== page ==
If you own bank stocks today, you'll be thanking yourself for years to come. The reason is that depositary institutions like Wells Fargo (NYSE: WFC ) , Bank of America (NYSE: BAC ) , and M&T Bank (NYSE: MTB ) are primed to earn considerably more money once short-term interest rates increase.
Given the traditional business model of a bank, it's tempting to conclude that the ideal interest rate environment is one in which long-term rates are high and short-term rates are low. This is because banks, as a general rule, generate a considerable portion of revenue from arbitraging interest rates -- that is, borrowing money at low short-term rates and then lending it back out at higher long-term rates.
The problem with this view is that it's somewhat out of date. Take a look at most bank balance sheets today, and you'll find loan books dominated by commercial loans. And commercial loans, in turn, are typically indexed against short-term rates. Added to this, most banks hold a significant amount of noninterest-bearing deposits, which don't become more expensive with a rise in short-term rates.
When you take these things into consideration -- the predominance of commercial loans on bank balance sheets and the inelasticity of noninterest-bearing deposits -- then it becomes clear that the ideal interest rate environment for most banks is one in which both short- and long-term rates are high.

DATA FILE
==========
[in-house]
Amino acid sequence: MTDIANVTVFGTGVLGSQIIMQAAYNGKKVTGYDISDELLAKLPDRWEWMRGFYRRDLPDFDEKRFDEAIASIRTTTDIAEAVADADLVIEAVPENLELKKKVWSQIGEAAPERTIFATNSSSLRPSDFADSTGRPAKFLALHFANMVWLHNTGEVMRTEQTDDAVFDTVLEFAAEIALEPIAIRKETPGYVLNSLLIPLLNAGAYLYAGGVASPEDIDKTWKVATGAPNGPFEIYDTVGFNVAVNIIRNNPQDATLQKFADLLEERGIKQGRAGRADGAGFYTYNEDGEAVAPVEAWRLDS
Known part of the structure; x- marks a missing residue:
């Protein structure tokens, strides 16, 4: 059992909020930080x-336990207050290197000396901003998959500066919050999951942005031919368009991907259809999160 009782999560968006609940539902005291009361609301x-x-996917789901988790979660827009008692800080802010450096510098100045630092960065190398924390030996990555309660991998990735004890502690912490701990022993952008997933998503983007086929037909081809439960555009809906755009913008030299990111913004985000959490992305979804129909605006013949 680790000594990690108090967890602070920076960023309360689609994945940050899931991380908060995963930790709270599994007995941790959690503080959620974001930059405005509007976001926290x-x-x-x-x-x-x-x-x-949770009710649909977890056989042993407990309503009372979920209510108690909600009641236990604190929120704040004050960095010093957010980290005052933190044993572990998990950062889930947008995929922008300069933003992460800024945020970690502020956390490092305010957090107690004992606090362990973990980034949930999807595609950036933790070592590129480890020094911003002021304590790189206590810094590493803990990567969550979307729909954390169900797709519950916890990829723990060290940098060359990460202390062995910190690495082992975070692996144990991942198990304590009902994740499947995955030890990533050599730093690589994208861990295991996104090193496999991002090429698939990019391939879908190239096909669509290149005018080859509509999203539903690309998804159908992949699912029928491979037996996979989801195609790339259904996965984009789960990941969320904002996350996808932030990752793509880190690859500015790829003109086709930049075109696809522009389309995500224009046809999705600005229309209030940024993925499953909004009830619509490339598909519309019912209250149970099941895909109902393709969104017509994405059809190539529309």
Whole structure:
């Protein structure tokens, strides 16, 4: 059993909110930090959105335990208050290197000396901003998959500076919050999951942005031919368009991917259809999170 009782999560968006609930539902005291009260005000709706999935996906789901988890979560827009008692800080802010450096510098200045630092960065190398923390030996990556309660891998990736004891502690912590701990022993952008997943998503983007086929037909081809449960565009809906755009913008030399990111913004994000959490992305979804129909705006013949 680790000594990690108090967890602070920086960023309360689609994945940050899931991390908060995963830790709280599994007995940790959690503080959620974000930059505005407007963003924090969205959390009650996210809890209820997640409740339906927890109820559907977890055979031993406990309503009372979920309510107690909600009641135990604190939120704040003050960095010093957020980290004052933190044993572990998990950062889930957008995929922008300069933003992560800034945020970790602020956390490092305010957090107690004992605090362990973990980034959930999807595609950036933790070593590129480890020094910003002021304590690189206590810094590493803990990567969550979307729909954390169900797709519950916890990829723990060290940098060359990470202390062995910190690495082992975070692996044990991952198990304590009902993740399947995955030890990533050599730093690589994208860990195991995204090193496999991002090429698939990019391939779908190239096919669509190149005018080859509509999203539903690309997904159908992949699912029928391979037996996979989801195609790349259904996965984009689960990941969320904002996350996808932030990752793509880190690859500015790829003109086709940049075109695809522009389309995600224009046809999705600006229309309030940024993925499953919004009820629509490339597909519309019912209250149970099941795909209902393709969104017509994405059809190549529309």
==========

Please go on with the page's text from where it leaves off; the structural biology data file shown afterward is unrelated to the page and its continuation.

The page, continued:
This is something that KeyCorp's chief financial officer Donald Kimble, who recently joined the bank from Huntington Bancshares, discussed in the middle of last October. "While Key, along with other asset-sensitive banks, generally benefit from a rise in both short-term and long-term rates, the duration and characteristics of Key's loan and investment portfolio position us to realize more benefit from a rise in the shorter end of the yield curve."
So, how can you tell whether a specific bank is positioned to benefit more from a future (and inevitable) rise in short- and long-term rates going forward? One way is to compare the proportion of noninterest-bearing deposits they have relatively to total liabilities -- see the table above. The bigger the proportion, the smaller the uptick in funding costs relative to an increase in the earning-asset yield.
By this measure, of the 10 biggest traditional banks in the country, the three that are best primed to benefit from the eventual rise in rates are M&T Bank, Fifth Third Financial, and PNC Financial. Of the big four banks, meanwhile, Wells Fargo and Bank of America comfortably outpace Citigroup and JPMorgan Chase.
Does this mean that these banks will necessarily outperform their counterparts? Not necessarily, as there are a multitude of moving parts that weigh on profitability at multibillion-dollar banks like these. At the same time, however, it's something that investors would be wise to consider when buying bank stocks.
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